Gin has furnished many subjects to Mr Cruikshank, who labours in his own sound and hearty way to teach his countrymen the danglers of that drink. In the ' Sketch-book ' is a plate upon the subject, remarkable for fancy and beauty of design; it is called the ' Gin Juggernaut,' and represents a hideous moving palace, with a reeking still at the roof and vast gin-barrels for wheels, under which unhappy millions are crushed to death. An immense black cloud of desolation covers over the country through which the gin monster had passed, dimly looming through the darkness whereof you see an agreeable prospect of gibbets with men dangling, burnt houses, &c. The vast cloud comes sweeping on in the wake of this horrible body-crusher; and you see, by way of contrast, a distant, smiling, sunshiny tract of old English country, where gin as yet is not known. The allegory is as good, as earnest, and as fanciful as one of John Bunyan's, and we have often fancied there was a similarity between the men.
The reader will examine the work called My Sketch-Book' with not a little amusement, and may gather from it, as we fancy, a good deal of information regarding the character of the individual man, George Cruikshank. What points strike his eye as a painter; what move his anger or admiration as a moralist; what classes he seems most especially disposed to observe, and what to ridicule. There are quacks of all kinds, to whom he has a mortal hatred; quack dandies, who assume under his pencil, perhaps in his eye, the most grotesque appearance possible -- their hats grow larger, their legs infinitely more crooked and lean; the tassels of their canes swell out to a most preposterous size; the tails of their coats dwindle away, and finish where coat tails generally begin. Let us lay a wager that Cruikshank, a man of the people if ever there was one, heartily hates and despises these supercilious, swaggering young gentlemen; and his contempt is not a whit the less laudable because there may tant soit peu of prejudice in it. It is right and wholesome to scorn dandies, as Nelson said it was to hate Frenchmen; in which sentiment (as we have before said) George Cruikshank undoubtedly shares. Look at this fellow from the Sunday in London.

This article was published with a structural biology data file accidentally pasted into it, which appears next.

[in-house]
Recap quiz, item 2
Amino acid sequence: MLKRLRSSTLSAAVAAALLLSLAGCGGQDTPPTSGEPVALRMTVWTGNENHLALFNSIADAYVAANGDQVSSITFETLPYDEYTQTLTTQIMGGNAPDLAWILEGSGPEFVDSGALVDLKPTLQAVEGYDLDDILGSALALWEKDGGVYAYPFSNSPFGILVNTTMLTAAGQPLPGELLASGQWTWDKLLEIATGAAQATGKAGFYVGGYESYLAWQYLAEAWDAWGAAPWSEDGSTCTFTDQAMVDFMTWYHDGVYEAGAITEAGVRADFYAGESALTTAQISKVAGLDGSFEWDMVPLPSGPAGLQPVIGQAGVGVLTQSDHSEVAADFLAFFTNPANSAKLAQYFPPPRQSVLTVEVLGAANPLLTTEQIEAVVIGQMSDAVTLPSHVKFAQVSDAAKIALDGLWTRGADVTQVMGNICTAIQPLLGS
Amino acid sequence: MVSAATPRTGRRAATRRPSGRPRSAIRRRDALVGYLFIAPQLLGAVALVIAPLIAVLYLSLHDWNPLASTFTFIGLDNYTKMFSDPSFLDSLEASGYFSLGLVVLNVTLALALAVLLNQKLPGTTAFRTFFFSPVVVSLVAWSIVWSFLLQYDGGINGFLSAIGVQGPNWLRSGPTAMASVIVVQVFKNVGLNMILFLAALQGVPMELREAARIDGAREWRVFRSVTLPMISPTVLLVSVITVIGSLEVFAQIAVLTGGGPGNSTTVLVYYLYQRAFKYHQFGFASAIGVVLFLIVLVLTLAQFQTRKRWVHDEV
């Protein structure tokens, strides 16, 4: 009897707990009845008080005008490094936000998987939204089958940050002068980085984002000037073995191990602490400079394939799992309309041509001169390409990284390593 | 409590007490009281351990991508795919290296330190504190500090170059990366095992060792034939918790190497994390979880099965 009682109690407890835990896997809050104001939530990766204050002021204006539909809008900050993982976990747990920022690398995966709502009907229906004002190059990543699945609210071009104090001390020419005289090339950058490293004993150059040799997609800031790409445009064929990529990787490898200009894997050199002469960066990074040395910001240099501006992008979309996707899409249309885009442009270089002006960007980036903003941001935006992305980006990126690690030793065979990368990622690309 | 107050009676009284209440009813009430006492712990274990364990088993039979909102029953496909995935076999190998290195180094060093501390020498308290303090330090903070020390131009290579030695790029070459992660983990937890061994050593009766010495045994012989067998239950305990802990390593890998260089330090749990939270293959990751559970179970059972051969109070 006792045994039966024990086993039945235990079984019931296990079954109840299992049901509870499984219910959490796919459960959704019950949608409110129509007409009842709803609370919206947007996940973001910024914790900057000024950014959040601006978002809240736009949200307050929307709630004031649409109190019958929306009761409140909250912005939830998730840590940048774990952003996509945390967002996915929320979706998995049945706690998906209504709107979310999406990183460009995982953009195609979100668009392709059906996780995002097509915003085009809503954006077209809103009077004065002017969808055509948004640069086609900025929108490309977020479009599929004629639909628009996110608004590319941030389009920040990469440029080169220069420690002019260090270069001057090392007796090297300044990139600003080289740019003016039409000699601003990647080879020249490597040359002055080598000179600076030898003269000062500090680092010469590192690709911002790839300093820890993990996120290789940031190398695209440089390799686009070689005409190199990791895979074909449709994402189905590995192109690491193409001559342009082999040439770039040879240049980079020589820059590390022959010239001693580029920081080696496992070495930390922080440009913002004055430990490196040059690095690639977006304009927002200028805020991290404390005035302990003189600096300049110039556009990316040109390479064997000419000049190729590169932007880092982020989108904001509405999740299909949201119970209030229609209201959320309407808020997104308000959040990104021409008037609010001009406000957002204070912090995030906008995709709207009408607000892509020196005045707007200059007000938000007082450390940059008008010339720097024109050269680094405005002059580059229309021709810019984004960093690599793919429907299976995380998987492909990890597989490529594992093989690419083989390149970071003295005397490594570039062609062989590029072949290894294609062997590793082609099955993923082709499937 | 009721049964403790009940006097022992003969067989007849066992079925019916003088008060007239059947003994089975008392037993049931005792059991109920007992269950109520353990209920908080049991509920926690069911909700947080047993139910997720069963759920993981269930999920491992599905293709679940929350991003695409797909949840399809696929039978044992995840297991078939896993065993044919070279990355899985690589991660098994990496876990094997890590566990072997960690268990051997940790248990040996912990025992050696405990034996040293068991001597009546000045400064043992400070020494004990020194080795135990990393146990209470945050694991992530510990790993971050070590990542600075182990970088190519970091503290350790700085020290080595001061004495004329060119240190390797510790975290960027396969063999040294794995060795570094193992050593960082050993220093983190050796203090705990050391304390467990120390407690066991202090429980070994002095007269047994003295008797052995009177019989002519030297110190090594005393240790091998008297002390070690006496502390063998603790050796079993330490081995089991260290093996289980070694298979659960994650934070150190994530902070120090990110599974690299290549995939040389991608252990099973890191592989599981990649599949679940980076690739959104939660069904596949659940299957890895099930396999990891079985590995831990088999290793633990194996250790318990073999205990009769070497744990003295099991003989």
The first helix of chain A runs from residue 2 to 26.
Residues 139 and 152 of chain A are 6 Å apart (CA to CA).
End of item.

* The following lines -- ever fresh -- by the author of ' Headlong Hall ' published years ago in the Globe and Traveller, are an excellent comment on several of the cuts from the ' Sunday in London.'